Contact Links:

#1:  When did you first know you wanted to be a writer?

I loved reading from early childhood, and I started writing almost immediately. One flowed from the other. I have never wanted to be anything other than a writer.


#2:  You tried the traditional publishing route but never broke through. If you were just starting out now, with all the opportunities available, what would you do different?

Writing fiction is a difficult way to make a living. I don’t think that will ever change. It’s easier to get into the market now -- there are fewer hoops to jump through, fewer gatekeepers -- but ultimately whether or not you succeed is up to your drive and to your readers. You have to keep writing, you have to find your voice, and you have to find your audience.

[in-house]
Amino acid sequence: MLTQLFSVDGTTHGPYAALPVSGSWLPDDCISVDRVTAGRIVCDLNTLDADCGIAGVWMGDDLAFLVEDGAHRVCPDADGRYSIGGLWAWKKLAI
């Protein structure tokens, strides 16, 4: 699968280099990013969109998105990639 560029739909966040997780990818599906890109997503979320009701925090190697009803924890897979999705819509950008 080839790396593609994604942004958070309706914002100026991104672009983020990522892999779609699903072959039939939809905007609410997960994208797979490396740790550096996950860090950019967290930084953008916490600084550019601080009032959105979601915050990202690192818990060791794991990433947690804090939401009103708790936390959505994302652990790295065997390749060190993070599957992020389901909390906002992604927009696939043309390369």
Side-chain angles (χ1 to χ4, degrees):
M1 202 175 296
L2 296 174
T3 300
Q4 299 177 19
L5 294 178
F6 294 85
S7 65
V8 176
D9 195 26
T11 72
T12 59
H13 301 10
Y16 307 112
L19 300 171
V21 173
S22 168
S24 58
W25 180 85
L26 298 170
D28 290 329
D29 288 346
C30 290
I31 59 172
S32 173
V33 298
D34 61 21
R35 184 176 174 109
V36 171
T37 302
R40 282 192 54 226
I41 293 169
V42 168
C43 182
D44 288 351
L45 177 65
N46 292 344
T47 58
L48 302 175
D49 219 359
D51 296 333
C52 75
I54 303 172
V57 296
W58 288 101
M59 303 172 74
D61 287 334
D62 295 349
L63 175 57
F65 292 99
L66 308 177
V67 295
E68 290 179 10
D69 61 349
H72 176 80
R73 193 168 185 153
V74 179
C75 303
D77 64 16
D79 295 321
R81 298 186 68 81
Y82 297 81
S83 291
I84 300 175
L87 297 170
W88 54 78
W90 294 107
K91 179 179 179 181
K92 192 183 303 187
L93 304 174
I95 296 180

If I could somehow reach back and speak to my younger self, I’d say “work harder and have more faith in yourself.”

#3:  Where have you published short stories, and did that success boost your confidence that you would someday break through with a novel?

I’ve published in a few literary magazines and in commercial publications such as Alfred Hitchcock Mystery Magazine. That, and having several stories anthologized, boosted my confidence. But I don’t know that publishing short stories ‘proves’ that one will someday publish a novel. They are such different animals. 

#4: Tell us a little about your freelance work. Do you think it helped hone your writing skills when it comes to fiction?